It’s easy to jump on the recall-hype bandwagon; honestly, it makes for easy writing that tends to catch a lot of eyes. However, we here at Medgadget also seek to do diligence to reality. According to a recent study put out by the Cleveland Clinic, there’s not much of a statistical increase in risk associated with the recalled devices from Guidant and Medtronic.
The study, which was reported Wednesday by The Wall Street Journal, looked at about 1,660 patients who had defibrillators implanted between August 1996 and May 2004.
According to the study, after having the defibrillator for an average of 3.9 years, the rate of deaths in patients with a device subject to a Class 1 recall, which is the most serious type of recall, was 32.3 percent. In comparison, those with a non-recalled product faced a 33.4 percent mortality rate.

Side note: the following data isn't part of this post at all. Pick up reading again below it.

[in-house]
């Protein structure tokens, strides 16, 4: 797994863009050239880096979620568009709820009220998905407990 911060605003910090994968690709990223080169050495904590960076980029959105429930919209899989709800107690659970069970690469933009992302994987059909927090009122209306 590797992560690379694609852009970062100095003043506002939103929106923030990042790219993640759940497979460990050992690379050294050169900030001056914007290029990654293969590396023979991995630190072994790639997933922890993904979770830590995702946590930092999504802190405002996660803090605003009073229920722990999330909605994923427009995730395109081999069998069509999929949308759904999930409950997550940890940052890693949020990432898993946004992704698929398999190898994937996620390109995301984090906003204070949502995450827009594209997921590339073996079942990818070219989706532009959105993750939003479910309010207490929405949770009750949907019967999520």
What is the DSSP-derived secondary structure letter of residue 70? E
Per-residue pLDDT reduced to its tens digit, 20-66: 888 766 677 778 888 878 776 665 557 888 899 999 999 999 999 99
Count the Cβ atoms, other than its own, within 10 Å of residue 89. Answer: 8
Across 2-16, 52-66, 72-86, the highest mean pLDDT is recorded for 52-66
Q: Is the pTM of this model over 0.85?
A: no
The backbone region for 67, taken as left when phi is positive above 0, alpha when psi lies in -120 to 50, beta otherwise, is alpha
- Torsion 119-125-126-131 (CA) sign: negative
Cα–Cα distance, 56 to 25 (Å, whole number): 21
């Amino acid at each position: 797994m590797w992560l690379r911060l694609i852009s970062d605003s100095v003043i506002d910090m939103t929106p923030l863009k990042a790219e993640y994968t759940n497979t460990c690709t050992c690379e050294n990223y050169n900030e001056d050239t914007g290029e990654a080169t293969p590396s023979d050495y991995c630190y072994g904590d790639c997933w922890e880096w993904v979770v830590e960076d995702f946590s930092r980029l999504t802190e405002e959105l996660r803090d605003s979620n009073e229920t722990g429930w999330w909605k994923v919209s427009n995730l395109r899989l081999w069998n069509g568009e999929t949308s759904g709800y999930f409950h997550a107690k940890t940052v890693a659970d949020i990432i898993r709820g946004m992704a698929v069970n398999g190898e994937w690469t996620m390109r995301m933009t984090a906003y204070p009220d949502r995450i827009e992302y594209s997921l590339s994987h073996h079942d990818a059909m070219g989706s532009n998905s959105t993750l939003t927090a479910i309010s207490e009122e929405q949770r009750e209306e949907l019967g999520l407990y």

In the interest of keeping everyone informed, it’s important to note that device recalls are less about statistical risk and more about failure root-cause analysis. If your device shorts out and you can’t say why (or give a good reason why it won’t happen again), they start using the “r-word.”
(Please pardon the continued re-use of the Ah-nold graphic, there really aren’t any other images associated with the word “recall”)
Link to the article at Redherring.com…